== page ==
What is Coral?
Coral is considered an organic gemstone stone because it originates from the hardened tissue of a Coral Polyp. Corals are marine animals, which are found in tropical oceans, they are important in the support and creation of ocean reefs. Corals produce a hard skeleton made from calcium carbonate secretions. This hardened skeleton is what is collected and used to form the gemstone.
Coral is found in many different colors. It has become difficult collect many of the varieties due to the diminishing populations of coral. Coral reefs have become an endangered ecosystem and are strictly regulated. Some types of coral have been brought inland for farming and commercial use. One of the most modern and now commonly seen today is Chinese white coral, which is stained red for a more natural look. This processed coral is shipped all over the world for jewel crafting and other arts.
Coral jewelry has been produced by cultures from around the world. It comes in many different beautiful colors from black to white and from blue to red. Coral jewelry has a history of being strongly connected with religious and spiritual meaning in the Italian, Chinese and Celtic cultures. It is also one treasure in the Buddhist scriptures. The southwestern Native American tribes quickly acknowledged the value of this jewel.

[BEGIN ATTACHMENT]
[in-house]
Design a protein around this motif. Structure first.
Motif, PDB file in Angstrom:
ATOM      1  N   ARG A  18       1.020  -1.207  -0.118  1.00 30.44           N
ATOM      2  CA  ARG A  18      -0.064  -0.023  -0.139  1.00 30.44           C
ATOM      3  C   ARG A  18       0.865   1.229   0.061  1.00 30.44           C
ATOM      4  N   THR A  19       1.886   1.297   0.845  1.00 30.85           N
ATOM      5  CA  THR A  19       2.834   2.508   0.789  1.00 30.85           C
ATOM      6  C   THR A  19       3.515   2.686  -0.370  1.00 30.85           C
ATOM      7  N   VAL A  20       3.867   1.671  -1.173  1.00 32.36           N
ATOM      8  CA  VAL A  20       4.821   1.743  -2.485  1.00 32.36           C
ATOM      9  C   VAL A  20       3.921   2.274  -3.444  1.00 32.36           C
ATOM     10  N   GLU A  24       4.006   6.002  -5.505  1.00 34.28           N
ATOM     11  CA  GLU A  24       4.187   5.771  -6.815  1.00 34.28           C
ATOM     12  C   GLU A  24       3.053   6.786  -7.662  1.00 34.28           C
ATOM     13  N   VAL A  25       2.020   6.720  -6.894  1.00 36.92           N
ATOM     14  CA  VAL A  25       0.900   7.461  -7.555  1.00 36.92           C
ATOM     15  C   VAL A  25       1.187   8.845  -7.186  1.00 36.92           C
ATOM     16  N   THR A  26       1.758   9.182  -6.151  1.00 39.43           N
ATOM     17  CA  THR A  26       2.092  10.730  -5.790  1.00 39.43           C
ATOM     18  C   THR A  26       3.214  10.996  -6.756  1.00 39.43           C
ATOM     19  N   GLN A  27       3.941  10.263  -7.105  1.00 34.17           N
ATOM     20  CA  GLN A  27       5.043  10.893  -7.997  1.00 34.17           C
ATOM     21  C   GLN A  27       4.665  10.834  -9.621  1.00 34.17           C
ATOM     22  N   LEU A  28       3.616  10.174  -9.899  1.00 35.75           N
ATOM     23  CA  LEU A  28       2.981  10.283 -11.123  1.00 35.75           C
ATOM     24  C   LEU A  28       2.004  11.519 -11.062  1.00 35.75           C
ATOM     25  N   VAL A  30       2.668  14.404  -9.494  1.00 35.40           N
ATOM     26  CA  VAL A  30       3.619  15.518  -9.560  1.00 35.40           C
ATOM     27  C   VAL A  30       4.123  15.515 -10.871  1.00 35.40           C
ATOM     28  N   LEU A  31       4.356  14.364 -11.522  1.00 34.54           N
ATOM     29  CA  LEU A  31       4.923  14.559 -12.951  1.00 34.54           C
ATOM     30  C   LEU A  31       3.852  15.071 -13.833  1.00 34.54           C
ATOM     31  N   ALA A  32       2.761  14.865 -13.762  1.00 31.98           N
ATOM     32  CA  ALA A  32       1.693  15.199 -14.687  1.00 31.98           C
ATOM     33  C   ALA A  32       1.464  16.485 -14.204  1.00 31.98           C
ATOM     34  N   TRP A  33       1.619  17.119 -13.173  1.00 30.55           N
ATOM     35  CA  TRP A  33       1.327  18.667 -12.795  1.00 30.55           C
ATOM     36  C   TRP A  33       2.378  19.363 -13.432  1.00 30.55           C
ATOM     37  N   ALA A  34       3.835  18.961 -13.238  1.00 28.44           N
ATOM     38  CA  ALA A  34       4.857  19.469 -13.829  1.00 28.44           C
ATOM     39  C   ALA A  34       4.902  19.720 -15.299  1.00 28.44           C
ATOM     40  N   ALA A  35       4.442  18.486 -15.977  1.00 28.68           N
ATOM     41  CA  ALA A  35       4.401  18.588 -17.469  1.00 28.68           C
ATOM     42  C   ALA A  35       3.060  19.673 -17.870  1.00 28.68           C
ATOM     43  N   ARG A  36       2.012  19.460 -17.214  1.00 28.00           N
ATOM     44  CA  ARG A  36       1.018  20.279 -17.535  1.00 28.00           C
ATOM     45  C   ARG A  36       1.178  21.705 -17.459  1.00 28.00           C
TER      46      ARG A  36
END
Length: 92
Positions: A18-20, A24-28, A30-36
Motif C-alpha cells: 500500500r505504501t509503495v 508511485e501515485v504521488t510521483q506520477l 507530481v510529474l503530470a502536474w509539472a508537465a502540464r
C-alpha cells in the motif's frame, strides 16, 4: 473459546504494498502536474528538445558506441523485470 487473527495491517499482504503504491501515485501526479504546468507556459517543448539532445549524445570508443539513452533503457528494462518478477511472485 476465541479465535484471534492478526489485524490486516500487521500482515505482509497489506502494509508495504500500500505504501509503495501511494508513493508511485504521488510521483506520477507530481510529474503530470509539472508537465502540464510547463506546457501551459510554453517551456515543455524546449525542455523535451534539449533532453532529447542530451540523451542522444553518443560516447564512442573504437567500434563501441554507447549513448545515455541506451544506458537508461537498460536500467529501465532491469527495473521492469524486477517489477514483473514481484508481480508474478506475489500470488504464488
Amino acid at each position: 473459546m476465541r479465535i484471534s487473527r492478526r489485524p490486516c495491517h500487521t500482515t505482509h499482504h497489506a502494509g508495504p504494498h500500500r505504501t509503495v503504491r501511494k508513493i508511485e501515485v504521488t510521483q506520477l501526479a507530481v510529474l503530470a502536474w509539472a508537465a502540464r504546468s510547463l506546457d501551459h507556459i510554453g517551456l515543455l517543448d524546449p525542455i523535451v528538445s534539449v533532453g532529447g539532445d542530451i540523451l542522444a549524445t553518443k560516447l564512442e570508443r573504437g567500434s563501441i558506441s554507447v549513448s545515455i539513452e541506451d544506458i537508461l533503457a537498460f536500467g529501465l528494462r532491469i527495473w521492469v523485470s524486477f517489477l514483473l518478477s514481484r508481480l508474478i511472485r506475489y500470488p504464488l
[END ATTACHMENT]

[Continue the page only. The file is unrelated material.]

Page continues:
Coral gems are softer than most other gemstones and can be easily shaped into beads, center stones, and other small shapes. It is seen in different types of jewelry that requires intricate sculpting such as inlay jewelry. Small samples of the gem can run up to $1000 per 1 mm diameter for some of the rare forms, to about $5 at the low-end. The market for coral is doing very well, but the supply is slowly depleting which makes the prices for this precious gem continue to rise.
Buy Native American Coral Jewelry
Native Americans prefer to use red corals in their jewelry, which pairs well with blue turquoise. Because natural red coral is becoming so scarce, some of the dyed processed gems is used to give that deep red look. One of the most valuable red versions is Oxblood Coral, which is farmed in the Mediterranean. The pairing of its natural deep red color, in contrast with a well selected turquoise stone, can bring out the blues and greens and makes it one of the most desired Native American jewelry styles.